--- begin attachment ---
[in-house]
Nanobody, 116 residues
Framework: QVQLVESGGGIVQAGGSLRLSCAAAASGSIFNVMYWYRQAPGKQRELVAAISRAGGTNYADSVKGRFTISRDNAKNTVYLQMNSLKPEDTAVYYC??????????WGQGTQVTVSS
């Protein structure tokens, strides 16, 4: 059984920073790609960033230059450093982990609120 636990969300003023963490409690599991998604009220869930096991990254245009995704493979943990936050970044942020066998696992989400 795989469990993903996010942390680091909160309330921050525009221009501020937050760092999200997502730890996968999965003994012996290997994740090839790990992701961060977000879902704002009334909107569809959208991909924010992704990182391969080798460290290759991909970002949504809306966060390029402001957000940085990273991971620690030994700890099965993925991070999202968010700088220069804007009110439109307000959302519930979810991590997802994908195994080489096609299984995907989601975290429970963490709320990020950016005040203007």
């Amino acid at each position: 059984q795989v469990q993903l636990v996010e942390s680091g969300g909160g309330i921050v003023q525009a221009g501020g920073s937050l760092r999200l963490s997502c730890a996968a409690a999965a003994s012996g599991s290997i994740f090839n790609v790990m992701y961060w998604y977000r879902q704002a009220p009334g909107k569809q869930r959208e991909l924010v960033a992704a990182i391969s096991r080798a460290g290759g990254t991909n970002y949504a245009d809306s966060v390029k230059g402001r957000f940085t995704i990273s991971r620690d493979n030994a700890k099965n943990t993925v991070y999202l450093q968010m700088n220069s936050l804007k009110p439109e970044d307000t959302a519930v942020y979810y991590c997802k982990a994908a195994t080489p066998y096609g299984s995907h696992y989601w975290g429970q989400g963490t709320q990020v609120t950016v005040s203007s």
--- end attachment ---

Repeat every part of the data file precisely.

[in-house]
Nanobody, 116 residues
Framework: QVQLVESGGGIVQAGGSLRLSCAAAASGSIFNVMYWYRQAPGKQRELVAAISRAGGTNYADSVKGRFTISRDNAKNTVYLQMNSLKPEDTAVYYC??????????WGQGTQVTVSS
């Protein structure tokens, strides 16, 4: 059984920073790609960033230059450093982990609120 636990969300003023963490409690599991998604009220869930096991990254245009995704493979943990936050970044942020066998696992989400 795989469990993903996010942390680091909160309330921050525009221009501020937050760092999200997502730890996968999965003994012996290997994740090839790990992701961060977000879902704002009334909107569809959208991909924010992704990182391969080798460290290759991909970002949504809306966060390029402001957000940085990273991971620690030994700890099965993925991070999202968010700088220069804007009110439109307000959302519930979810991590997802994908195994080489096609299984995907989601975290429970963490709320990020950016005040203007």
């Amino acid at each position: 059984q795989v469990q993903l636990v996010e942390s680091g969300g909160g309330i921050v003023q525009a221009g501020g920073s937050l760092r999200l963490s997502c730890a996968a409690a999965a003994s012996g599991s290997i994740f090839n790609v790990m992701y961060w998604y977000r879902q704002a009220p009334g909107k569809q869930r959208e991909l924010v960033a992704a990182i391969s096991r080798a460290g290759g990254t991909n970002y949504a245009d809306s966060v390029k230059g402001r957000f940085t995704i990273s991971r620690d493979n030994a700890k099965n943990t993925v991070y999202l450093q968010m700088n220069s936050l804007k009110p439109e970044d307000t959302a519930v942020y979810y991590c997802k982990a994908a195994t080489p066998y096609g299984s995907h696992y989601w975290g429970q989400g963490t709320q990020v609120t950016v005040s203007s």